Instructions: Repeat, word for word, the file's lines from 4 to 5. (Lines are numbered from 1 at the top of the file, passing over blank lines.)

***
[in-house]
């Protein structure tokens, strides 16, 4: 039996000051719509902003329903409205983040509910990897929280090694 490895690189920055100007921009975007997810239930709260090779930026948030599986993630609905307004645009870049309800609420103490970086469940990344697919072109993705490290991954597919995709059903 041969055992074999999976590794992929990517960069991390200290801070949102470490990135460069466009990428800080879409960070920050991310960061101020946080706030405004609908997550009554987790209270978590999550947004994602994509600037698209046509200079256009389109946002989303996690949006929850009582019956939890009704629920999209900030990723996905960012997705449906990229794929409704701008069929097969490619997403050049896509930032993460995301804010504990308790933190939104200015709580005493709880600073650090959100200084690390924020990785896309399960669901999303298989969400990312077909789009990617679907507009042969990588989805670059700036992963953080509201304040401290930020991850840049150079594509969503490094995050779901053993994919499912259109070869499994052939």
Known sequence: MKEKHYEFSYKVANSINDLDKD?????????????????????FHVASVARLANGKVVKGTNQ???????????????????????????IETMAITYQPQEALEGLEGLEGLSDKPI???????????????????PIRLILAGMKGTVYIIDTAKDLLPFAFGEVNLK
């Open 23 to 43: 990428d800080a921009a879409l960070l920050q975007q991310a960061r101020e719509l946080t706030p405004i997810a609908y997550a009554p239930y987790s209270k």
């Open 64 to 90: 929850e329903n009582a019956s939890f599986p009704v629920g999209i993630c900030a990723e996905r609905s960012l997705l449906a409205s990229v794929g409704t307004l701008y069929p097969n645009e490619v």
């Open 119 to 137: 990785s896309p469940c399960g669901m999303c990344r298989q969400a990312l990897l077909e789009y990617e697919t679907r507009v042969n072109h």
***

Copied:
């Open 23 to 43: 990428d800080a921009a879409l960070l920050q975007q991310a960061r101020e719509l946080t706030p405004i997810a609908y997550a009554p239930y987790s209270k």
């Open 64 to 90: 929850e329903n009582a019956s939890f599986p009704v629920g999209i993630c900030a990723e996905r609905s960012l997705l449906a409205s990229v794929g409704t307004l701008y069929p097969n645009e490619v």